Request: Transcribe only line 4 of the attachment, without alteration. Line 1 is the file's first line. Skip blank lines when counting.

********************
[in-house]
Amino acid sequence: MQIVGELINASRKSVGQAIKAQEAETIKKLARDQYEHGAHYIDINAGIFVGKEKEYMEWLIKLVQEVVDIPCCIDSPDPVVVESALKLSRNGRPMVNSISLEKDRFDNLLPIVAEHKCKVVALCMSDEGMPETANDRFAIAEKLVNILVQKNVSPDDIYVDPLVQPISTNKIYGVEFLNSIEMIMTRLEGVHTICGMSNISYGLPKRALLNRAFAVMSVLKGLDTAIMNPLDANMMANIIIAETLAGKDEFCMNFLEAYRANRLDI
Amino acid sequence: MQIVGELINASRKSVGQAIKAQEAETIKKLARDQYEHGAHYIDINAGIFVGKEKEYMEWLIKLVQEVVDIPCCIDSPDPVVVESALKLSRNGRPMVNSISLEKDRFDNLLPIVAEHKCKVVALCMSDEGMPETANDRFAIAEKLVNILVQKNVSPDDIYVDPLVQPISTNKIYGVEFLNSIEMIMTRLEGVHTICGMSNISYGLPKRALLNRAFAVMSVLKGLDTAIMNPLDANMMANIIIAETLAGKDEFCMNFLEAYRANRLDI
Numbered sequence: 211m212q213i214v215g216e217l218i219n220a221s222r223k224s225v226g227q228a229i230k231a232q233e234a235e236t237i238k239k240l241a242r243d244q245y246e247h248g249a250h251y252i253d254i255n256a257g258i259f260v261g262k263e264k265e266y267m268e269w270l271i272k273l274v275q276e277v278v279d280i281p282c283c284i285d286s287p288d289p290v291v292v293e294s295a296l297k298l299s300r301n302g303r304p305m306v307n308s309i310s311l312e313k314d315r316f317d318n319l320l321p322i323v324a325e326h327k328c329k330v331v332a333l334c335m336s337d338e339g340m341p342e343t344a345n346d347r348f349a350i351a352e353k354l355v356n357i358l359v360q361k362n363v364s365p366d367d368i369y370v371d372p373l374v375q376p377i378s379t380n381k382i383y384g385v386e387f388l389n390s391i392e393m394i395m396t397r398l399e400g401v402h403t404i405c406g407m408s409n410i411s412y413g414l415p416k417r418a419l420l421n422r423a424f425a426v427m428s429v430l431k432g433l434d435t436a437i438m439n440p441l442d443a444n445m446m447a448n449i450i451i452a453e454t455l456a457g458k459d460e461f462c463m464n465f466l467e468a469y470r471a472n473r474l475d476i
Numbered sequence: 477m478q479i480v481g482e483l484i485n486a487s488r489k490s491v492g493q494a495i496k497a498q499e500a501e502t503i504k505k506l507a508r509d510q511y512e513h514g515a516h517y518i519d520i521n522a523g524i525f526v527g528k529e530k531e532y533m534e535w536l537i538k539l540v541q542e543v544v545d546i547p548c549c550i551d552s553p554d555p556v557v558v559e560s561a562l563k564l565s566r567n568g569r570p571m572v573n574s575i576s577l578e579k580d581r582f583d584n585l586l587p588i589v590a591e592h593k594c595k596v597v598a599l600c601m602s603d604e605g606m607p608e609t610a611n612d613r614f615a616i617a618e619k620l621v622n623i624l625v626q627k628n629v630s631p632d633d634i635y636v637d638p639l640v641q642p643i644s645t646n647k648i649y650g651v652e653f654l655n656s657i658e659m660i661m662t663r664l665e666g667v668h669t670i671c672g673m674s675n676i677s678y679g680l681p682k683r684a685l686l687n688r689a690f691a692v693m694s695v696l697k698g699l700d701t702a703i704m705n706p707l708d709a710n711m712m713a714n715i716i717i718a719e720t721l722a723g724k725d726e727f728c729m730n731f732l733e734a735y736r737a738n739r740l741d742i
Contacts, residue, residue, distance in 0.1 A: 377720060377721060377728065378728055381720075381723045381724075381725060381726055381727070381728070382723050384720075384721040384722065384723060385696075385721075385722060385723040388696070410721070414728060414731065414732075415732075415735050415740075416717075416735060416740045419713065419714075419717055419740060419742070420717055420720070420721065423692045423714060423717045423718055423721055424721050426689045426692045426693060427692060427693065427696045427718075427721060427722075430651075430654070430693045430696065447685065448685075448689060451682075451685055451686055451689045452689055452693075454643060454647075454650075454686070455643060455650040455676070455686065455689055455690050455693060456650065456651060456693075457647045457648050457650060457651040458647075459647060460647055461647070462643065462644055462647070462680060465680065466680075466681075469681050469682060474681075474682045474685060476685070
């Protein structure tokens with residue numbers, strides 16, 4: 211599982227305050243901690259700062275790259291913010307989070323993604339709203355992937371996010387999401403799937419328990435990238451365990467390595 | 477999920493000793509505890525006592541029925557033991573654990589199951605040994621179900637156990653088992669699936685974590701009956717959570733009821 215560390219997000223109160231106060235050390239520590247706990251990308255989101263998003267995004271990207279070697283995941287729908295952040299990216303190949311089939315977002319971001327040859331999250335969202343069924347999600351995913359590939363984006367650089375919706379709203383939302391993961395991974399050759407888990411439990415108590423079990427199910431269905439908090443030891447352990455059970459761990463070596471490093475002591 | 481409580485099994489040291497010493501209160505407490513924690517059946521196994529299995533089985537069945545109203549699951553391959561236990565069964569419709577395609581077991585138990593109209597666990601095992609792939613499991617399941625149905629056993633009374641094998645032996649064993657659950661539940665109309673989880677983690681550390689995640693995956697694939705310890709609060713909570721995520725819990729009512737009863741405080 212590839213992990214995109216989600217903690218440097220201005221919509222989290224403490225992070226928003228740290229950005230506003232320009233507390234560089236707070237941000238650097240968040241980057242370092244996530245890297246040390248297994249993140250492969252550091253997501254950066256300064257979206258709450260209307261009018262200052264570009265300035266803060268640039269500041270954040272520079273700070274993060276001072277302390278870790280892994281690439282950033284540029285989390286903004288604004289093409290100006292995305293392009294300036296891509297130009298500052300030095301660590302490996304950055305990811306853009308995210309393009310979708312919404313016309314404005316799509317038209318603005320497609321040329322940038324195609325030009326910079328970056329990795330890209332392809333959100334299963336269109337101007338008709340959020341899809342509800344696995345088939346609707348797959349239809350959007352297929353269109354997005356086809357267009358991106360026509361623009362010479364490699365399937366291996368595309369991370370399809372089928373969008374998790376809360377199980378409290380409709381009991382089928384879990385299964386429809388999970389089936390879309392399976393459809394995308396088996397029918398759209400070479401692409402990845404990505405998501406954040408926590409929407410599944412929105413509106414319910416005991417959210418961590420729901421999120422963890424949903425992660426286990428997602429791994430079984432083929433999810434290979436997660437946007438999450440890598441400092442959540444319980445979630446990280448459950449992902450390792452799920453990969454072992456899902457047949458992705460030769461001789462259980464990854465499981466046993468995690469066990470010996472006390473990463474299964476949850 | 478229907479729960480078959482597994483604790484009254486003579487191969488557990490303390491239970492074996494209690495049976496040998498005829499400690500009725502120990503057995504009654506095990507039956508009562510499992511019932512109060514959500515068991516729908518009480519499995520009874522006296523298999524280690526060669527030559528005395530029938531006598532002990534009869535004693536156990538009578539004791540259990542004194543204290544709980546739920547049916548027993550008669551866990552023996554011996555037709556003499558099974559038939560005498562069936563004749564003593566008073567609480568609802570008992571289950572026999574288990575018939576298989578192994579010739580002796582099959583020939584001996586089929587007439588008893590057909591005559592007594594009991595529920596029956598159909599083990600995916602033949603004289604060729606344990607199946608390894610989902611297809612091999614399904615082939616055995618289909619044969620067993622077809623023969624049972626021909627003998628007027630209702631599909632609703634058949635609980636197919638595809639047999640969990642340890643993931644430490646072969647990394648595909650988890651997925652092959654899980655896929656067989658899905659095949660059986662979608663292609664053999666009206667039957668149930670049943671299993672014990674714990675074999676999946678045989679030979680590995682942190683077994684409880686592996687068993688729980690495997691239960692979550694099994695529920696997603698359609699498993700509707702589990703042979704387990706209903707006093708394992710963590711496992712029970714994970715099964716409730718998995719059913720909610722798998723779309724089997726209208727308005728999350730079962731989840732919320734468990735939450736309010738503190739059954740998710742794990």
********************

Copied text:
Numbered sequence: 211m212q213i214v215g216e217l218i219n220a221s222r223k224s225v226g227q228a229i230k231a232q233e234a235e236t237i238k239k240l241a242r243d244q245y246e247h248g249a250h251y252i253d254i255n256a257g258i259f260v261g262k263e264k265e266y267m268e269w270l271i272k273l274v275q276e277v278v279d280i281p282c283c284i285d286s287p288d289p290v291v292v293e294s295a296l297k298l299s300r301n302g303r304p305m306v307n308s309i310s311l312e313k314d315r316f317d318n319l320l321p322i323v324a325e326h327k328c329k330v331v332a333l334c335m336s337d338e339g340m341p342e343t344a345n346d347r348f349a350i351a352e353k354l355v356n357i358l359v360q361k362n363v364s365p366d367d368i369y370v371d372p373l374v375q376p377i378s379t380n381k382i383y384g385v386e387f388l389n390s391i392e393m394i395m396t397r398l399e400g401v402h403t404i405c406g407m408s409n410i411s412y413g414l415p416k417r418a419l420l421n422r423a424f425a426v427m428s429v430l431k432g433l434d435t436a437i438m439n440p441l442d443a444n445m446m447a448n449i450i451i452a453e454t455l456a457g458k459d460e461f462c463m464n465f466l467e468a469y470r471a472n473r474l475d476i